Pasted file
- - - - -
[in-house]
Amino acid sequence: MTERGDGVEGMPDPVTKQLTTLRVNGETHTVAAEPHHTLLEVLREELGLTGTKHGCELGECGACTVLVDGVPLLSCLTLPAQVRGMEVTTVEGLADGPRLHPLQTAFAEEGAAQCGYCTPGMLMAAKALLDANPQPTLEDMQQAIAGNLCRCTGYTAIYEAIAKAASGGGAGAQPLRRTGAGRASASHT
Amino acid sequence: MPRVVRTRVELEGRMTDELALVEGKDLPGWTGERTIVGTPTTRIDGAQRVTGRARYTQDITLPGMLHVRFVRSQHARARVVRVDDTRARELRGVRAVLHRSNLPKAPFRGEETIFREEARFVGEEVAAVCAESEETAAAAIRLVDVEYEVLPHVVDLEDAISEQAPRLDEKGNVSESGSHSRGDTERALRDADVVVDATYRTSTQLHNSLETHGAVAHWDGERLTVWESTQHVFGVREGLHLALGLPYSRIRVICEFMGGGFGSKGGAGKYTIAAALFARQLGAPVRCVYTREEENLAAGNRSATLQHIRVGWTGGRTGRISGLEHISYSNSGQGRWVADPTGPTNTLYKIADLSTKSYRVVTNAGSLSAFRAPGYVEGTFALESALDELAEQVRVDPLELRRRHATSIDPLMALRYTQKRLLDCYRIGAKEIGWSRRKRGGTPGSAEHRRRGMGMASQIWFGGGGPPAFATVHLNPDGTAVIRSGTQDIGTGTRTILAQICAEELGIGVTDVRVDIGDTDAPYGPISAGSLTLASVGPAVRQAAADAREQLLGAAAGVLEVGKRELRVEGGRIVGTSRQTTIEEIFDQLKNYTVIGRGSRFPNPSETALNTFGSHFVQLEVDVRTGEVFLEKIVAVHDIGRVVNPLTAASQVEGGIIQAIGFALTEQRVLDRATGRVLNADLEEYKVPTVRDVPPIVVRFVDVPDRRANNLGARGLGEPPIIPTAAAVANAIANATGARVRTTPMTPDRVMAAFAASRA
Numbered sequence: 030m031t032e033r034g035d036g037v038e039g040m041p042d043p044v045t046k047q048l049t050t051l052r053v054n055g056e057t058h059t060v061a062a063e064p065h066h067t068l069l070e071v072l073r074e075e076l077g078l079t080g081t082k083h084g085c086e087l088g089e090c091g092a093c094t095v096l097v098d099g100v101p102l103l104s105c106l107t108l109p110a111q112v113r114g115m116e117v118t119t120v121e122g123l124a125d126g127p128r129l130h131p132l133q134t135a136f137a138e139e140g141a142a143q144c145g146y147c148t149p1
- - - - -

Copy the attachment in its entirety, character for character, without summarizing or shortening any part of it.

[in-house]
Amino acid sequence: MTERGDGVEGMPDPVTKQLTTLRVNGETHTVAAEPHHTLLEVLREELGLTGTKHGCELGECGACTVLVDGVPLLSCLTLPAQVRGMEVTTVEGLADGPRLHPLQTAFAEEGAAQCGYCTPGMLMAAKALLDANPQPTLEDMQQAIAGNLCRCTGYTAIYEAIAKAASGGGAGAQPLRRTGAGRASASHT
Amino acid sequence: MPRVVRTRVELEGRMTDELALVEGKDLPGWTGERTIVGTPTTRIDGAQRVTGRARYTQDITLPGMLHVRFVRSQHARARVVRVDDTRARELRGVRAVLHRSNLPKAPFRGEETIFREEARFVGEEVAAVCAESEETAAAAIRLVDVEYEVLPHVVDLEDAISEQAPRLDEKGNVSESGSHSRGDTERALRDADVVVDATYRTSTQLHNSLETHGAVAHWDGERLTVWESTQHVFGVREGLHLALGLPYSRIRVICEFMGGGFGSKGGAGKYTIAAALFARQLGAPVRCVYTREEENLAAGNRSATLQHIRVGWTGGRTGRISGLEHISYSNSGQGRWVADPTGPTNTLYKIADLSTKSYRVVTNAGSLSAFRAPGYVEGTFALESALDELAEQVRVDPLELRRRHATSIDPLMALRYTQKRLLDCYRIGAKEIGWSRRKRGGTPGSAEHRRRGMGMASQIWFGGGGPPAFATVHLNPDGTAVIRSGTQDIGTGTRTILAQICAEELGIGVTDVRVDIGDTDAPYGPISAGSLTLASVGPAVRQAAADAREQLLGAAAGVLEVGKRELRVEGGRIVGTSRQTTIEEIFDQLKNYTVIGRGSRFPNPSETALNTFGSHFVQLEVDVRTGEVFLEKIVAVHDIGRVVNPLTAASQVEGGIIQAIGFALTEQRVLDRATGRVLNADLEEYKVPTVRDVPPIVVRFVDVPDRRANNLGARGLGEPPIIPTAAAVANAIANATGARVRTTPMTPDRVMAAFAASRA
Numbered sequence: 030m031t032e033r034g035d036g037v038e039g040m041p042d043p044v045t046k047q048l049t050t051l052r053v054n055g056e057t058h059t060v061a062a063e064p065h066h067t068l069l070e071v072l073r074e075e076l077g078l079t080g081t082k083h084g085c086e087l088g089e090c091g092a093c094t095v096l097v098d099g100v101p102l103l104s105c106l107t108l109p110a111q112v113r114g115m116e117v118t119t120v121e122g123l124a125d126g127p128r129l130h131p132l133q134t135a136f137a138e139e140g141a142a143q144c145g146y147c148t149p1